Explaining what reason consists of, or how it works, is difficult without referring to other concepts which themselves are best defined in terms of "reason". This is partly because the basic idea of reasoning is innate in most humans, rather than being something we are taught, and how it works is something which we do not as yet understand completely (although rapid progress is being made; see htyp:artificial intelligence).
Reason is based in large part on logic, but logic itself was derived (and can be seen to "make sense") through the faculty of reason. Reason, then, would seem to be the foundation upon which logic – and all of the other tools with which we aid our innate ability to reason – is built.
- If something exists in a certain place, it remains there until it moves or is changed into something else (or destroyed)
- If something is true (exists as a fact), then it doesn't suddenly become untrue without some kind of change
- If we perceive something and then can no longer perceive it, that doesn't necessarily mean it no longer exists (object persistence)
- Just because we perceive something doesn't necessarily mean that others can perceive it or even that it really exists outside of our perception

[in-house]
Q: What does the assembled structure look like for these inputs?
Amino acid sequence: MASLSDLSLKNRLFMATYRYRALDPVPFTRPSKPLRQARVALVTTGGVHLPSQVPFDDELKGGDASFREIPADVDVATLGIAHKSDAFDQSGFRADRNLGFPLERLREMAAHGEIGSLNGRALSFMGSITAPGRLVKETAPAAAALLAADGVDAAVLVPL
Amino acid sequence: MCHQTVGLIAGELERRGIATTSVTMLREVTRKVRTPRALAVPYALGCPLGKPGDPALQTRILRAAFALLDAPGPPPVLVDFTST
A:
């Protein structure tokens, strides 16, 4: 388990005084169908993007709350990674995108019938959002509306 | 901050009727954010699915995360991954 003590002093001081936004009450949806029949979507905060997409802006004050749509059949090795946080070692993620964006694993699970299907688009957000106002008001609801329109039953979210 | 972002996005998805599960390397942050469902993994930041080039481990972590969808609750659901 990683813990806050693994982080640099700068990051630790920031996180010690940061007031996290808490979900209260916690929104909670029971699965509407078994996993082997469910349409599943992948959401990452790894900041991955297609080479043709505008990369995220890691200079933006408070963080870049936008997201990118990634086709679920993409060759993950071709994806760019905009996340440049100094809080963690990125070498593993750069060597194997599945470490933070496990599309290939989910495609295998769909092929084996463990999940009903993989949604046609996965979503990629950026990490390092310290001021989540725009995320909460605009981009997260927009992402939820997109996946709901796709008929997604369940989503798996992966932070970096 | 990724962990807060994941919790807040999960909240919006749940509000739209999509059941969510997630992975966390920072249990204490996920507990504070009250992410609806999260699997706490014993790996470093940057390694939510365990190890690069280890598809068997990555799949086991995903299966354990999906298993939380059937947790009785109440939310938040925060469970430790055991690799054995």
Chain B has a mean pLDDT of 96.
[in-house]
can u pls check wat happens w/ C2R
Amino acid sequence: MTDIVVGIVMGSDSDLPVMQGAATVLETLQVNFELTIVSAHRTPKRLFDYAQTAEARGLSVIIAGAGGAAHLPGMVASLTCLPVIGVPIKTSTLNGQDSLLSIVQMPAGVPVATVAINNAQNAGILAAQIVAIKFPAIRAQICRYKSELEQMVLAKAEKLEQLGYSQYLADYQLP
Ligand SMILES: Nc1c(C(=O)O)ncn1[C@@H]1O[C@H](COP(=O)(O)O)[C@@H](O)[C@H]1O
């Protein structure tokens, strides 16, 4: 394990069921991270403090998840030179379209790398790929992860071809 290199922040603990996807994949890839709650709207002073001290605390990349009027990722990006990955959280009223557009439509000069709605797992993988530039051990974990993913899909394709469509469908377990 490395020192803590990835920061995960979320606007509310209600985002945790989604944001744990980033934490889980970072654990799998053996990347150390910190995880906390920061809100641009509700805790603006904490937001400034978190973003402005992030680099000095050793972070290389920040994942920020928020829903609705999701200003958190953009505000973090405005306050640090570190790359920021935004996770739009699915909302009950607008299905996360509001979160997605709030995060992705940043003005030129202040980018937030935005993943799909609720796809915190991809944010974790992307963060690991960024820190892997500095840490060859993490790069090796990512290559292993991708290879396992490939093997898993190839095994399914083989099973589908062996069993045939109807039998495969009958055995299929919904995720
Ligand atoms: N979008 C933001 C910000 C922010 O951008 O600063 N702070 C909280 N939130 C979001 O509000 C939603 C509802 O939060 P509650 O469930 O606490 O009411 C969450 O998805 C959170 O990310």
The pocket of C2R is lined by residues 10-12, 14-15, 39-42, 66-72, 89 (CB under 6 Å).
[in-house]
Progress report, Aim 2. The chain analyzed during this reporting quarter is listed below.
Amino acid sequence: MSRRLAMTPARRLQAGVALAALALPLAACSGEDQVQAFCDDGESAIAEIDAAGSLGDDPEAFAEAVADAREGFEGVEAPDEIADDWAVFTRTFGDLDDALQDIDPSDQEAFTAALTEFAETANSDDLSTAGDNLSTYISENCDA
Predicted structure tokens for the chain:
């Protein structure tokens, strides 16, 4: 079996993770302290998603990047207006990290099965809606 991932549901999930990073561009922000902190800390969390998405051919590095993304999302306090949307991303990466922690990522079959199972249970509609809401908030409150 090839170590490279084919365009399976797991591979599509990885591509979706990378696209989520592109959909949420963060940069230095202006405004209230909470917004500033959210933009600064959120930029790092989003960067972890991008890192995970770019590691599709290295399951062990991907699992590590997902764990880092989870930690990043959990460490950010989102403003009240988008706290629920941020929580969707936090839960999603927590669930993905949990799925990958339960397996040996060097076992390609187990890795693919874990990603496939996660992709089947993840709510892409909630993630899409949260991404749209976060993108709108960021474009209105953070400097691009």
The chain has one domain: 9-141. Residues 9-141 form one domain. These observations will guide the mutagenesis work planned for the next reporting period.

Despite having an innate ability to reason, however, it is also very easy for people to get caught up in lines of thinking which lead to unreasonable conclusions. Philosophers, logicians, mathematicians, and other scientists have come up with a number of ways to provide checks on this sort of thing, so that unreasonable conclusions are more likely to stand out and get checked over carefully before being generally accepted as "true"; these form an essential part of the scientific method, which itself is an essential part of science.
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- 2007-08-14 Update Yourself Incrementally: confusing debate with reason